Norsk Titanium, a supplier of 3D printed structural titanium components for the aerospace industry, has announced two significant milestones at the Paris Air Show this week. First, the company has successfully completed the latest phase of Boeing’s Material Allowables Program, which consists of characterizing the company’s Rapid Plasma Deposition (RPD) process. Second, the company is preparing to enter into the second testing phase for a 3D printed integrally bladed rotor (IBR).
In addition to the two milestones, Norsk Titanium also revealed the first details about its upcoming Gen-IVL RPD 3D printer.
Moving ahead with Boeing
The latest phase of Boeing’s stringent Material Allowables Program saw Norsk successfully complete all pre-production requirements and takes the company a step ahead in the long-term production of select structural titanium parts. This production is expected to begin upon completion of contractual terms.
“We have prepared all necessary production operations facilities, equipment and personnel to coincide with this Boeing milestone enabling high-rate production following qualification,” said Michael Canario, Norsk President and CEO. “Our Plattsburgh, New York facility is truly a 21st century advanced additive manufacturing center of excellence, and the work of the Norsk and Boeing teams to prepare for this moment has been outstanding.”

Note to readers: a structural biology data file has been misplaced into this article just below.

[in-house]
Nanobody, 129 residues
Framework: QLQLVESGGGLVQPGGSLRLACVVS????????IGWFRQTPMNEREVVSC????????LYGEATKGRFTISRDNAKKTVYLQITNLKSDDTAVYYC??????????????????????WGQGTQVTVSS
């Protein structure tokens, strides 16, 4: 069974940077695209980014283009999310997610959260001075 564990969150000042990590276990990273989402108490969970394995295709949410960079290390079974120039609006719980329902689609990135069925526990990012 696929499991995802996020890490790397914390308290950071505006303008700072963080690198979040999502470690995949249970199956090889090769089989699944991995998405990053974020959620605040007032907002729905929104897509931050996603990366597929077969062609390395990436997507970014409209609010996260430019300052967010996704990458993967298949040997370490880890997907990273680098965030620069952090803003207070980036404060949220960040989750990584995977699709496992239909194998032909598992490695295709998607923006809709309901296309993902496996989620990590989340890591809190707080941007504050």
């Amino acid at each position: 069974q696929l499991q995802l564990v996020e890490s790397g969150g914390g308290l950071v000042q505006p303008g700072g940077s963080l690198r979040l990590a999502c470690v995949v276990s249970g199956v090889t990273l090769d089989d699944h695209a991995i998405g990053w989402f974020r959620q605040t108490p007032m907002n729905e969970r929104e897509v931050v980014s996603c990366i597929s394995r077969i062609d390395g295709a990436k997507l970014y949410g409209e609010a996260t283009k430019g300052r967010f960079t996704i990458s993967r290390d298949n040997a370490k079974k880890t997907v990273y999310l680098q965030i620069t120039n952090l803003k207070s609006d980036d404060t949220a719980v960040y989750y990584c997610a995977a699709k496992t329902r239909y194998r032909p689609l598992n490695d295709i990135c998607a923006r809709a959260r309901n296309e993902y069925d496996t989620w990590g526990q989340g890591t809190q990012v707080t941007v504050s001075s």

Norsk has been in continuous production for Boeing ever since the first 3D printed structural titanium part was certified for commercial use over two years ago. Since then, the companies have worked together to develop additive manufacturing applications in the aerospace sector. Last year, Norsk’s New York facility was also added to Boeing’s list of qualified producers.
“Following the initial success, our relationship and activities with Boeing have continued to expand,” Canario added. “We are currently conducting more testing to expand the list of potential part candidates and exploring improvements in the machine to deliver larger, more complex parts.”
Phase two of IBR testing
In addition to the Boeing announcement, Norsk Titanium is also moving ahead on its collaborative project with the University of Notre Dame Turbomachinery Laboratory (NDTL), Pratt & Whitney and TURBOCAM International. The partners are entering the second phase of testing for a 3D printed integrally bladed rotor (IBR).
The initial phase of testing, which wrapped up in 2018, saw the IBR meet 100% of all design, speed and pressure ratio test points. The second phase, for its part, will address the dynamic properties of the IBR, which was produced using Norsk’s RPD process.This will focus on the low and high cycle fatigue characteristics of the 3D printed structure and will include multiple acceleration/deceleration cycles and synchronous vibration tests.
The phase two tests are being conducted at NDTL’s state-of-the-art turbomachinery test facility in South Bend, Indiana. “Successful completion of this testing will show that additive materials can be used in turbomachinery applications, and paves the way to a full qualification effort,” commented Norsk Chief Commercial Officer, Chet Fuller.
The testing was also preceded by a manufacturing qualities evaluation which was performed by TURBOCAM. This evaluation returned positive results, with the IBR showcasing no evidence of alpha case or residual stress concentrations that would cause distortion. The evaluation also found that Norsk’s RPD material was well suited for traditional milling operations and was as stable as Ti6-4 forgings.